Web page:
“I wanted a top-tier global business school with the best possible Blended program, and a program that builds on international exchange at its heart.”
Joachim von Goetz
- Schooling in: Mannheim, Bristol, Hong Kong, São Paulo, Madrid
- Worked in: San Francisco, New York, Tokyo, Shanghai, Singapore, São Paulo, Berlin, Walldorf
- Fluent in: English, German, French, Brazilian Portuguese, and with a little refreshing, also Spanish
- Expertise in: Digital transformation, venture scaling, entrepreneurship, business model innovation
Joachim von Goetz, Germany
Global Vice President, Head of Experience Center Strategy at SAP & Adjunct Professor at IE Business School
- Program studied
Define your experience in the Executive MBA using one word.
In what ways do you think the Executive MBA has changed your life, professionally and personally?
In hindsight, the Executive MBA experience truly ingrained itself into my life. My most treasured takeaway is the capacity to effectively take on any challenge thrown at me. Imagine the Executive MBA throwing itself on top of your personal life, your intense work schedule and any unpredictable life events you might face, and then having to deliver final group work, an operations case deliverable and a weekly finance assignment on the same day simply because every other day is equally packed. You manage, you survive and you even start to enjoy success in this environment. You really get stuff done, you learn how to organize yourself, how to prioritize, and most importantly how to work with your peers. Today, any challenge coming my way, regardless of magnitude, complexity or timeline is just another challenge. That levels your perspective on everything.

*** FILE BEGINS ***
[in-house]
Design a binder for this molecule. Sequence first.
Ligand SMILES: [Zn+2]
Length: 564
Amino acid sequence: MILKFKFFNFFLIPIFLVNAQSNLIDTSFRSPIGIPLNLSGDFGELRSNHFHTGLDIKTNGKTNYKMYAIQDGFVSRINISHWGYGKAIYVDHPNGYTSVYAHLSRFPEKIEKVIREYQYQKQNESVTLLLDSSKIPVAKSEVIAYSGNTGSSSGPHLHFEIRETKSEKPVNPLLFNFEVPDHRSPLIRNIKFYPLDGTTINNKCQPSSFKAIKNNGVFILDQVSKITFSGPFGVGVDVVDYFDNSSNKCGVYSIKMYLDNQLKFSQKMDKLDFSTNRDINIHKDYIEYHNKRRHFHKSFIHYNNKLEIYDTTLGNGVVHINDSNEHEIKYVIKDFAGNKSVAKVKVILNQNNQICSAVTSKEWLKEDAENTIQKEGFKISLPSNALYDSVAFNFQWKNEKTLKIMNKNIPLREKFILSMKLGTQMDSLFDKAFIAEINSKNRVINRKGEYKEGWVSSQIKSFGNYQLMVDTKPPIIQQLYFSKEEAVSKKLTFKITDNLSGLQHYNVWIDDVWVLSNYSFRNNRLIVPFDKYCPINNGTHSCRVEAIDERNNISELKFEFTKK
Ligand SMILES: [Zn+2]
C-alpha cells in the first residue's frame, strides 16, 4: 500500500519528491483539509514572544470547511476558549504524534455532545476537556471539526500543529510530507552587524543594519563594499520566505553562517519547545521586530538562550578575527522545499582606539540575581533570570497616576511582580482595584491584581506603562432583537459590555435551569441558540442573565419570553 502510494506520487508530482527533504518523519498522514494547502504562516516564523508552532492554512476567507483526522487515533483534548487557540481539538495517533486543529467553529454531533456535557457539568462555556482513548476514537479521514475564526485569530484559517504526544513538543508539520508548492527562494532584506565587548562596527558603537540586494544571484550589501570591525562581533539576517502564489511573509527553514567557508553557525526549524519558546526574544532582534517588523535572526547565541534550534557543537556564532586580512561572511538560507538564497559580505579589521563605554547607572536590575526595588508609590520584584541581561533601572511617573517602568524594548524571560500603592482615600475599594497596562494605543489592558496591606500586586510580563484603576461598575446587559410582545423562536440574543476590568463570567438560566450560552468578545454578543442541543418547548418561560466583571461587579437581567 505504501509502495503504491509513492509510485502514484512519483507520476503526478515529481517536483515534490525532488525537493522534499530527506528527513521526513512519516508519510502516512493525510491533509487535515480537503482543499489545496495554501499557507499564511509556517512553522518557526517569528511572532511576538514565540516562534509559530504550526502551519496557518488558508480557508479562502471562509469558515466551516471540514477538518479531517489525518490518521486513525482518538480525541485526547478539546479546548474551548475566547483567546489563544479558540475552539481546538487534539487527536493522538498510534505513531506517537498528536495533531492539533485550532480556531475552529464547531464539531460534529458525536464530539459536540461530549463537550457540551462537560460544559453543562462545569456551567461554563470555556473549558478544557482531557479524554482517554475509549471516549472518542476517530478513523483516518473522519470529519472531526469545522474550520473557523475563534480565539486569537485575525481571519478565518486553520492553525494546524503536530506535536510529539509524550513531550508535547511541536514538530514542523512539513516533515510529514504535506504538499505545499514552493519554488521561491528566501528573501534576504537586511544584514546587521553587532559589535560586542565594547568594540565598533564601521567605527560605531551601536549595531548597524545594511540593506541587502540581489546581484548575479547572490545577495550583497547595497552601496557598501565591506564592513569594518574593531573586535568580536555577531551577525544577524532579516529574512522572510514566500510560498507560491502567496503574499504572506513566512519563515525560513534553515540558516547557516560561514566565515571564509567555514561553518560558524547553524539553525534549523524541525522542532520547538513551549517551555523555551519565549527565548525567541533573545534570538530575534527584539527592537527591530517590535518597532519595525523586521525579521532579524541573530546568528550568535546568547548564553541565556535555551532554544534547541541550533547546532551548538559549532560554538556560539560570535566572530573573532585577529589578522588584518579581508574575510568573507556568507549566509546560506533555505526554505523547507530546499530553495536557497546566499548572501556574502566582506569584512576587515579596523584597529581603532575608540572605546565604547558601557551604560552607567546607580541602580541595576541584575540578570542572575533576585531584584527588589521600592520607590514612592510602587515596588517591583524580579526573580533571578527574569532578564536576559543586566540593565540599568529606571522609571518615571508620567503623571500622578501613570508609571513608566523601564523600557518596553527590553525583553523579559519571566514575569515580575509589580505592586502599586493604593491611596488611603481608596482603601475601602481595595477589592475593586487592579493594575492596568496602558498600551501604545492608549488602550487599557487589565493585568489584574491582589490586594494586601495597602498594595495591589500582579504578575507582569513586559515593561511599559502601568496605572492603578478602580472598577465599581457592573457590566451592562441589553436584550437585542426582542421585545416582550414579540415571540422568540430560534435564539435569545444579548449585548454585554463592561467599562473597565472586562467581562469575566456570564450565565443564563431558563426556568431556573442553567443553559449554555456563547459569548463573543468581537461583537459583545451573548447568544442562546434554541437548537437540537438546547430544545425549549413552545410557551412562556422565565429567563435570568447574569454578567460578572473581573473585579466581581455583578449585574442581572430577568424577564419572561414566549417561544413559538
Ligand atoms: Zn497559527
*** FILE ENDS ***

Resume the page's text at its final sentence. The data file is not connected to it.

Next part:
What advice would you give to students who are about to begin the program?
You are in for the ride of your life… so best be ready! Be very transparent with your family and friends upfront—you will become a partial ghost during the program, and you need their buy-in to support you in this. This is not about daunting, but about being realistic. The program demands a lot of time and energy, so you better come prepared and with the right mindset—not just yours, but that of your family and friends as well.
What is networking like in the Executive MBA?
In short, you get a family everywhere in the world. Networking sounds very “businessy,” but at IE Business School it feels more like making friends. You meet a vast array of like-minded, smart and fun people who got to the same place for different reasons, but who all want to go on a similar path in the future. And that’s why we all came to this school. IE Business School has a gravitational pull that attracts a specific type of persona: global, open-minded, and curious. My class still touches base with each other, spends vacations together, connects regularly and tries to visit each other when possible. I didn’t just network at the Executive MBA, I made friends for life.